I chat away for a while and then leave just at the point where I find myself turning into a martyr (or sobbing uncontrollably). They must think he's a little angel because he always sleeps the whole time I'm there. I feel like I'm going crazy.
True to form, as I reached my road his little beady eyes open like he senses home. He waits till we're just inside the door and then screams.
I tried expressing for his next feed but I couldn't get anything. Apparently you always have enough though, right midwives?! I've just prepared a bottle of formula. I feel incredibly guilty, but it's now the afternoon and I can't cope.

Wednesday 1 May 2013

Harry Potter and the Health Visitor

Based on Diary Extract 7.3.11, Albie 9 wks old.

I had the health visitor round today. She brought with her a trainee nurse; a lad who resembled Harry Potter, except with more acne. "Do you mind if Steve observes this session?" she asked, stood on my doorstep. "Erm, yes actually, I would rather not have a young boy look at my c-section wounds and watch me breastfeed," was the answer I gave in my head. What I actually said was; "Yeh that's fine," maybe in the hope that he would perform some sort of spell to stop Albie crying.
The health visitor proceeded to ask me all those personal questions I dreaded, leaving me wishing for a rather large hole to hide in: whether I had stopped bleeding and how tender my breasts were (Steve's eyes nearly popped out of his head).
While I tried to stammer my way out of the answers, Albie started one of his crying fits. The health visitor asked me if I'd fed him. "Yes," I said. I'm not sure what it is about babies crying that makes everyone assume that they're hungry, like that's the only thing that could possibly be wrong with your child. Surely if you didn't have a voice you would have a lot more to ask for than a drink of milk. Alas, no, a mother with a baby that cries is obviously not feeding him enough, right?!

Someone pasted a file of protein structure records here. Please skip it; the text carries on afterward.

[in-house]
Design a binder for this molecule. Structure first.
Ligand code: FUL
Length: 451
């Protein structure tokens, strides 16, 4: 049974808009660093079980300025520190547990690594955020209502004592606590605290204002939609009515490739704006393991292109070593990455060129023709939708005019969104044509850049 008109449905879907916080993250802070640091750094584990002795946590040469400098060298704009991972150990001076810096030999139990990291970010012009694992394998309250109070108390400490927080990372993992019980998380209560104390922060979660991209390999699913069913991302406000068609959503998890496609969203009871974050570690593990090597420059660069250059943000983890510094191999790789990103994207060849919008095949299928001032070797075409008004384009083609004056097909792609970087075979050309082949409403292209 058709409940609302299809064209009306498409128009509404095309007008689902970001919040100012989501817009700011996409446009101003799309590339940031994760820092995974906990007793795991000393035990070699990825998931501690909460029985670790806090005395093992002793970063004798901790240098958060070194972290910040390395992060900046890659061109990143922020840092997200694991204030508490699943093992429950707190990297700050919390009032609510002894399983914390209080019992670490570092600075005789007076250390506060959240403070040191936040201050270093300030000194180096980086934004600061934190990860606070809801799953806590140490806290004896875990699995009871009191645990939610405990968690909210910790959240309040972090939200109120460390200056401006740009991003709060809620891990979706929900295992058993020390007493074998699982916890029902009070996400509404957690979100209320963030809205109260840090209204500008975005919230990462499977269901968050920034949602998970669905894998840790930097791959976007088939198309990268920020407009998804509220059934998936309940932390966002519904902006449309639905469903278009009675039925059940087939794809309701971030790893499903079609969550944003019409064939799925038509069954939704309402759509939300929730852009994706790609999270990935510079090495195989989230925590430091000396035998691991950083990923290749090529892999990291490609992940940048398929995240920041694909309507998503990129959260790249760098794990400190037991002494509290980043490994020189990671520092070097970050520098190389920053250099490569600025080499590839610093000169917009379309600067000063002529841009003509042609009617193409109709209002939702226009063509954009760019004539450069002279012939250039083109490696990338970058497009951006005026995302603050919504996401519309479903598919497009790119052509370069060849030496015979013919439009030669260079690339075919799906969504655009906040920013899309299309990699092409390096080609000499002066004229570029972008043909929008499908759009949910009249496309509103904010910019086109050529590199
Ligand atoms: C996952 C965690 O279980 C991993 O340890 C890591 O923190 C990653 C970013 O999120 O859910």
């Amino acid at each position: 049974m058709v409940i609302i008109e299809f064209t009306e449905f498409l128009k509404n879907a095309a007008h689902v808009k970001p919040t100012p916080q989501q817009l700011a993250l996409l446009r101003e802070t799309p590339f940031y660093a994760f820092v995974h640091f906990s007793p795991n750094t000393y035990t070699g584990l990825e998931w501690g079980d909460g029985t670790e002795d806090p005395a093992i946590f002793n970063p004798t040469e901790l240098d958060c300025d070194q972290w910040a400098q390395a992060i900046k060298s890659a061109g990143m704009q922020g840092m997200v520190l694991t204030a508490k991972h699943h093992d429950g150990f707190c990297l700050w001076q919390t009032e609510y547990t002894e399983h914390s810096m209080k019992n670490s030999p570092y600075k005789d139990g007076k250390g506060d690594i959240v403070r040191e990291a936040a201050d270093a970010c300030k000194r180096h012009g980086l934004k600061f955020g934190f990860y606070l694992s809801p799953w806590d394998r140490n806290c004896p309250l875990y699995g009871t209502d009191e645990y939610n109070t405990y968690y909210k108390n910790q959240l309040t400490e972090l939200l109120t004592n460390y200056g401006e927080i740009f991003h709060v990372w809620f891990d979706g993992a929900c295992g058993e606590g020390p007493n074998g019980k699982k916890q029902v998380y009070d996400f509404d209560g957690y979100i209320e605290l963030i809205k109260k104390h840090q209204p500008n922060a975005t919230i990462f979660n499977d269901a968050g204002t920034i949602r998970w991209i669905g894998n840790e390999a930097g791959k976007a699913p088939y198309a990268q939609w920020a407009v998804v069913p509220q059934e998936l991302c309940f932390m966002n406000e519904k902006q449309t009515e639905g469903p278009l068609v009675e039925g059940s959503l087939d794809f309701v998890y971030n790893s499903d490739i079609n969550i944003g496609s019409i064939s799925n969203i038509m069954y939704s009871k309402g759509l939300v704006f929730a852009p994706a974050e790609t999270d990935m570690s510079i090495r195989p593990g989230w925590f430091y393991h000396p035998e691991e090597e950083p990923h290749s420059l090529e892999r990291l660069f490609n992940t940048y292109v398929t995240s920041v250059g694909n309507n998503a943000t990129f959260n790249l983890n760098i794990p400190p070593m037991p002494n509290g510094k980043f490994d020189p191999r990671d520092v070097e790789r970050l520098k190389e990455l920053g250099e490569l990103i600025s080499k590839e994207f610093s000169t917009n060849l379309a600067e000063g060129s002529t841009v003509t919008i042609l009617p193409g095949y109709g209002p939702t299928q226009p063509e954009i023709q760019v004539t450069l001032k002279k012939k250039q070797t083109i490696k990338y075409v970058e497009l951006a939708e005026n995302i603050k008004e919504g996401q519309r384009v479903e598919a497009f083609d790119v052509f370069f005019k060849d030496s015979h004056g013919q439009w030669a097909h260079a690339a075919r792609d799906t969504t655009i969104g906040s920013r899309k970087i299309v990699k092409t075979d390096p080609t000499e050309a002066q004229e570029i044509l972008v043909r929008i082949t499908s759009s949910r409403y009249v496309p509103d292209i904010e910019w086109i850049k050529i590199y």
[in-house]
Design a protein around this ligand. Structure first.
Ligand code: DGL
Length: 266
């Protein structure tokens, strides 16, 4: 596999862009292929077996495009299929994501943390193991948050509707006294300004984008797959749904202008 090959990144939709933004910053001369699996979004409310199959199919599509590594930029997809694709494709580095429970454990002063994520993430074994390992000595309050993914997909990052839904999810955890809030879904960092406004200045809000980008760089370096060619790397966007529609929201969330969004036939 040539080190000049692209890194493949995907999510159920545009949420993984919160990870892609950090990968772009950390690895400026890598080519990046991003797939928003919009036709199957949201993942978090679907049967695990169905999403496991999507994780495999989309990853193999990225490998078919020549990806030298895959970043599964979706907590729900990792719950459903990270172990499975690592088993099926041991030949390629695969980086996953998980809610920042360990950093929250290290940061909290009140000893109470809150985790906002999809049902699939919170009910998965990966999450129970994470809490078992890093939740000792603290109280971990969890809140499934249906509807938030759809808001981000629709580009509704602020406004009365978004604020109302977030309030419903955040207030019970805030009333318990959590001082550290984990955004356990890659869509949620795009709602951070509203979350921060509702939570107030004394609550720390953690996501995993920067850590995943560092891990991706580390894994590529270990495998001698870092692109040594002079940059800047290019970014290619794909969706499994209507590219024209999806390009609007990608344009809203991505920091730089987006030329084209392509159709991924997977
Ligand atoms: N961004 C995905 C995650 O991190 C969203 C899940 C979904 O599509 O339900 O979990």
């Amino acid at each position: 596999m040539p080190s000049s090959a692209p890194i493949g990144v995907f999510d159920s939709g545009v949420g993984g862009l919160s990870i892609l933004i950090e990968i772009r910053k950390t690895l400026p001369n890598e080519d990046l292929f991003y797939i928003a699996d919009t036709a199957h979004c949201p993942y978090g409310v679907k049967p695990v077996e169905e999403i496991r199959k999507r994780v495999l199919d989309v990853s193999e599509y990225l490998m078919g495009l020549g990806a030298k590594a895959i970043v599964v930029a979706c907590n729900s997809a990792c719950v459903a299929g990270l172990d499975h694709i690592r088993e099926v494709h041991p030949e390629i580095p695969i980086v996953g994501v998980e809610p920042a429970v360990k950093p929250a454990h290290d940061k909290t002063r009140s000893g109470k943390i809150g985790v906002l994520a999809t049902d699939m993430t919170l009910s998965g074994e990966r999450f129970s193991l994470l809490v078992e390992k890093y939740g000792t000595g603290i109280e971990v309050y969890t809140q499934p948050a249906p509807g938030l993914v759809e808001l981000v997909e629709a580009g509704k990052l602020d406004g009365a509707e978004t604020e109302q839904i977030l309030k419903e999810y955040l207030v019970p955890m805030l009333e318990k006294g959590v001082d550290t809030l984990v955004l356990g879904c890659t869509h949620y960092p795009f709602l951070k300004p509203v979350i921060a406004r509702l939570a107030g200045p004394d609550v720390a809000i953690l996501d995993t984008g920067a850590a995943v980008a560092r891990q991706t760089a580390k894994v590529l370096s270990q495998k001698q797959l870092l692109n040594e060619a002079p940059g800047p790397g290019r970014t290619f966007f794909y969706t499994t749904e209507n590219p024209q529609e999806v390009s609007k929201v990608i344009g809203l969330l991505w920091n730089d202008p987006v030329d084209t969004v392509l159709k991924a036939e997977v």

The health visitor started to tell me things I could do to help with the crying. After suggesting a large list of things that I had already tried, she proceeded to tell me to invest in a grandfather clock. She said that the loud ticking would stop him crying. I started to check for film cameras incase they were in fact filming a scene from Harry Potter. A grandfather clock?! I told her that I didn't need one because I have an 'app for that' - and I do. It's called 'white noise' and it has been a life-saver for calming Albie to sleep. The setting that sounds like a hairdryer is the best and, no word of a lie, it is like magic. Unfortunately this only works when the crying is due to him being tired and not when he decides that nothing will appease him.
The Health Visitor looked a little agitated that I was not convinced with replacing my pocket-sized iphone with a 6ft wooden clock but I was not buying it. 30 minutes later and Albie had still not stopped crying. "Is he like this all the time?" She asked. "Yes," I said. "Have you tried feeding him?" She asked again, as though 30 minutes later her memory had been erased by Voldemort. "Yes," I said. After 10 more minutes of telling me where to buy a new clock, she persuaded me to try breastfeeding again (Steve's eyes had now fallen out). Albie fussed as usual but eventually quietened down and the health visitor said "There you are you see, he just needed a feed." And off her and Harry flew on their broom, leaving me scouring the internet for grandfather clocks.